Objective: To understand and highlight the current issues, emerging trends, and regulations of kratom in the United States.
Data sources: PubMed and PubMed Central of the National Library of Medicine, MEDLINE, PsycINFO, and ClinicalTrials.gov databases were utilized.
Study selection: Studies published between January 1, 2000, and June 30, 2020, were accessed by using the MeSH term mitragyna in the context of toxicity, safety, and legislation and jurisprudence.
Data extraction: The final qualitative synthesis included 11 studies by following Preferred Reporting Items for Systematic Reviews and Meta-Analyses Statement guidelines.
Results: The US Drug Enforcement Administration (DEA) initially proposed to place kratom under Schedule I of the Controlled Substances Act, but the DEA later withdrew the intent, and kratom is still a legal substance in most of the United States. A low to moderate kratom dose produces mild stimulant properties, whereas large doses produce sedative effects that are identical to opiates. Its regular use at a higher dose is associated with dependence. Management of overdose is similar to that of patients presenting with opioid abuse, although kratom may potentially pose a higher risk for drug toxicity and organ injury compared to opioids due to intrinsic properties and adulteration. There is no clinical evidence for its safety and efficacy. The US Food and DEA do not recognize any legitimate medical use of kratom.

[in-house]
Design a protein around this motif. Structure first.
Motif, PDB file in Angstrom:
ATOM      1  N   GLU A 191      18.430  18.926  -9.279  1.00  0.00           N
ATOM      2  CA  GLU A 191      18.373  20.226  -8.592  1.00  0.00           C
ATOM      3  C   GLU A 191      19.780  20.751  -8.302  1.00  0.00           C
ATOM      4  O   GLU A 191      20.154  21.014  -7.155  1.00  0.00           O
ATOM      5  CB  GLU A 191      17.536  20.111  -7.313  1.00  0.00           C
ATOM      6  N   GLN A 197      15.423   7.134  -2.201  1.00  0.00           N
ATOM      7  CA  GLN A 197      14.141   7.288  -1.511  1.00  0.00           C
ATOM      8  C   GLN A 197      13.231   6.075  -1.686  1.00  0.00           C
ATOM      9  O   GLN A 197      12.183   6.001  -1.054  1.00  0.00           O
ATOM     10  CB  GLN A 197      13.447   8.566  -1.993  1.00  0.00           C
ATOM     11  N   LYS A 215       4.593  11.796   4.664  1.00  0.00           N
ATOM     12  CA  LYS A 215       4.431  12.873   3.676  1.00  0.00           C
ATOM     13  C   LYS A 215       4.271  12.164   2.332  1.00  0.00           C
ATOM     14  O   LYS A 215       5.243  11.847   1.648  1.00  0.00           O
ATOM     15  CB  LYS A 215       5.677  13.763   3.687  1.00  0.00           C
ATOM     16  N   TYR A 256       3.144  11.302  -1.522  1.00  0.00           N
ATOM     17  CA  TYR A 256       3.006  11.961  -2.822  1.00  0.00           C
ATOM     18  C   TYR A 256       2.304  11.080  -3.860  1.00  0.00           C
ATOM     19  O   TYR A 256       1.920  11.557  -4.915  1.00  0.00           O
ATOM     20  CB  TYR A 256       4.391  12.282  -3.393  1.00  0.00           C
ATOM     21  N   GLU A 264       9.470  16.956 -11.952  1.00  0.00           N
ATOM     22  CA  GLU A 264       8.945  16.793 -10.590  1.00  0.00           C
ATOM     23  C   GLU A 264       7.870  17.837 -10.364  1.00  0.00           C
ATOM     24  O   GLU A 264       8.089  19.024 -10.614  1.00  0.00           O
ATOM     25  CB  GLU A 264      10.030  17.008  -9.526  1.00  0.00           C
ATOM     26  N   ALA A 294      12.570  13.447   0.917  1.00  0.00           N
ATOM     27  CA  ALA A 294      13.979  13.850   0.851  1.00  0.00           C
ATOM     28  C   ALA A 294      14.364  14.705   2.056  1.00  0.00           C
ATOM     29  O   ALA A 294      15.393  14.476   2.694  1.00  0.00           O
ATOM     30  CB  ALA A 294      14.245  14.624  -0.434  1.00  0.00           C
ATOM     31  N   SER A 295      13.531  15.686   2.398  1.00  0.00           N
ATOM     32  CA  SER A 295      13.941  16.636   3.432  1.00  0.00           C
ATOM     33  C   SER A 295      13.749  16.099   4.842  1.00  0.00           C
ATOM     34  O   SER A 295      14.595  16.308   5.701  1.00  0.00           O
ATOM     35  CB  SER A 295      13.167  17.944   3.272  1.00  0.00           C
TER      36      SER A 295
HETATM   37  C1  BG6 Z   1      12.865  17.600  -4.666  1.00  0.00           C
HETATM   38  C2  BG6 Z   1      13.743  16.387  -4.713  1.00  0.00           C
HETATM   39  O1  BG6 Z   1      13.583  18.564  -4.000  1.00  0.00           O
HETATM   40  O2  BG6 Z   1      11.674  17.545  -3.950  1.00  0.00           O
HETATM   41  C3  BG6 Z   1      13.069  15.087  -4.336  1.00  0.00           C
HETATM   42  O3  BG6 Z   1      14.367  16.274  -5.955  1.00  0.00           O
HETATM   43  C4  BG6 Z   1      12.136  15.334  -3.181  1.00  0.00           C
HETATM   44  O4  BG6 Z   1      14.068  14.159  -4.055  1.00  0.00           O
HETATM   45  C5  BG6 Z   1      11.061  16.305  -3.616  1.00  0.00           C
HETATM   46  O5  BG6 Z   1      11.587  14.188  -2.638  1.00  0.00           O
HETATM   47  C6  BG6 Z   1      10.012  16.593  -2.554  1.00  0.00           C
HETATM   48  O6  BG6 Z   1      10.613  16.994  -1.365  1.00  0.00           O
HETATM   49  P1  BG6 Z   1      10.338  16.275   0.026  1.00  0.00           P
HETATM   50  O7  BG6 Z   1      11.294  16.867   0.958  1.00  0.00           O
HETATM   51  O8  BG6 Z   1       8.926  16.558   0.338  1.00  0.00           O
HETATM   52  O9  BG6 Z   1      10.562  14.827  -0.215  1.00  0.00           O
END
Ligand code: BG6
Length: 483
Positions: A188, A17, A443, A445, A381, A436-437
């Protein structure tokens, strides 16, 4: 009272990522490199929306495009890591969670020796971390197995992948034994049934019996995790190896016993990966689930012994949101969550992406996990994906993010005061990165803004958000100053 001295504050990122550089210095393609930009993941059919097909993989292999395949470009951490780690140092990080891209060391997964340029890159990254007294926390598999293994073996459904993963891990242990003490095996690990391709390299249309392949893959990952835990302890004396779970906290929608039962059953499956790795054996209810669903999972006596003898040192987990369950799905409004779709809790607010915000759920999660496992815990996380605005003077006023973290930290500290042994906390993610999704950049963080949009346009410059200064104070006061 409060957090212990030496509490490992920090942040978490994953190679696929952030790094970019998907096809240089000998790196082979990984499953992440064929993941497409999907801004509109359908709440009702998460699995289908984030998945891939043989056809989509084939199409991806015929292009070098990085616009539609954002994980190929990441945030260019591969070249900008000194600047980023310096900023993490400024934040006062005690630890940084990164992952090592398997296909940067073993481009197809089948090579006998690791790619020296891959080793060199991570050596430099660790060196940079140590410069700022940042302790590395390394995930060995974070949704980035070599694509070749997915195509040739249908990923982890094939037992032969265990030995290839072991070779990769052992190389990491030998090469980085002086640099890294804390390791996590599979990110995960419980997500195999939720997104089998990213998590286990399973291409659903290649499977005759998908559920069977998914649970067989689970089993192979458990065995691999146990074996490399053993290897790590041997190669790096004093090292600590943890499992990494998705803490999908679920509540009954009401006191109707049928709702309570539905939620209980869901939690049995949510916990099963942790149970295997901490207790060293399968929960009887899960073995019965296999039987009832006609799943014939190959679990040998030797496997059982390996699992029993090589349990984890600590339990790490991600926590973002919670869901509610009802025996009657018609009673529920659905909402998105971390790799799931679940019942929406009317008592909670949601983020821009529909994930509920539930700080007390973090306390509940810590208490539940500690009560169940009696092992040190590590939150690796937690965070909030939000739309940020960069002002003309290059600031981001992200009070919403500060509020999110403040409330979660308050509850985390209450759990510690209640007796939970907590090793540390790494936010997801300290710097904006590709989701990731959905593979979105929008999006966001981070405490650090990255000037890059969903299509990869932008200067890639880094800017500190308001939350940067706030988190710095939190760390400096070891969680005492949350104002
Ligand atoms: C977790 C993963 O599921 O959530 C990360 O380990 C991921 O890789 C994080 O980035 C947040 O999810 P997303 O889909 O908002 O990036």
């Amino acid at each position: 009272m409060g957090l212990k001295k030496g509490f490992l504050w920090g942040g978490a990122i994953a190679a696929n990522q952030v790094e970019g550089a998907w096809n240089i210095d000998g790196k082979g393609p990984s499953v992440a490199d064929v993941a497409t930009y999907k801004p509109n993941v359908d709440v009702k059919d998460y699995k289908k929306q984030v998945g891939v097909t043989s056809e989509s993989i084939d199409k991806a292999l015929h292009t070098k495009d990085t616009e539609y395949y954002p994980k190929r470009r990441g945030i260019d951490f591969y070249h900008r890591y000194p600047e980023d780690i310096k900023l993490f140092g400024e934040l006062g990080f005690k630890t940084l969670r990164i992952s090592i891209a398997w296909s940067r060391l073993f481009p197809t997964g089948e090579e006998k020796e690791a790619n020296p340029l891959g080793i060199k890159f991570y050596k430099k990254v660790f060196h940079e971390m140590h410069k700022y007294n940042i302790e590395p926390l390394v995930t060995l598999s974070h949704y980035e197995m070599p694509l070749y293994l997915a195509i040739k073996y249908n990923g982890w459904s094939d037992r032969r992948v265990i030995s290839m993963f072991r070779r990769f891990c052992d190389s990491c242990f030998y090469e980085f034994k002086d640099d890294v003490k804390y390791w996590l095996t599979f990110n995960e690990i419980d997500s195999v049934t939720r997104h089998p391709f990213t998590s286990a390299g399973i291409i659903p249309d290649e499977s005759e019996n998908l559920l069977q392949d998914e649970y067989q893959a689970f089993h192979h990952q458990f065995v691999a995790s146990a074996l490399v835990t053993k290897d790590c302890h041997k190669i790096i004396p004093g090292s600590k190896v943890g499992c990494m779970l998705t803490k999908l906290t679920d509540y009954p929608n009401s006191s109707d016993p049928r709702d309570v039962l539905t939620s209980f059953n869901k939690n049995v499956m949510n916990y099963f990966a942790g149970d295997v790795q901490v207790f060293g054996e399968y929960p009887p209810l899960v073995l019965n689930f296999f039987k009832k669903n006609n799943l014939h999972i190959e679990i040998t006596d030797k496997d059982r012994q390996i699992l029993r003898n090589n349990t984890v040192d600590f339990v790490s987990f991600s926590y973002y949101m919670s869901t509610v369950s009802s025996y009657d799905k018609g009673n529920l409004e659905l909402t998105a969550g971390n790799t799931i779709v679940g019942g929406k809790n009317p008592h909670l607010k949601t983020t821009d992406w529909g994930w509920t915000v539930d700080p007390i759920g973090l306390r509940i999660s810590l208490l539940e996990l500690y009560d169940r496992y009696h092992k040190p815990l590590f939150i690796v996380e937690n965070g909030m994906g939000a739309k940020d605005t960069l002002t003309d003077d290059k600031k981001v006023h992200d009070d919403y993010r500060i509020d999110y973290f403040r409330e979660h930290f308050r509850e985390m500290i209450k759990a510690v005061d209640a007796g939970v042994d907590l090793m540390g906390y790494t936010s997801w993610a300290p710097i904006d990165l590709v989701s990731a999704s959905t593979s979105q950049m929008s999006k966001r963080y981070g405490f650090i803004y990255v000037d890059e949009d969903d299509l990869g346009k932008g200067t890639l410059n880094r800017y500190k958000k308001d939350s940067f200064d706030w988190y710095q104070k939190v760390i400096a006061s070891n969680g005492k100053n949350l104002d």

Conclusions: Kratom is an emerging public health concern and is abused as an alternative to opioids. Stringent policies and public awareness campaigns are required to curb the perception of its safe use, which needs to be substantiated with well-designed clinical trials.
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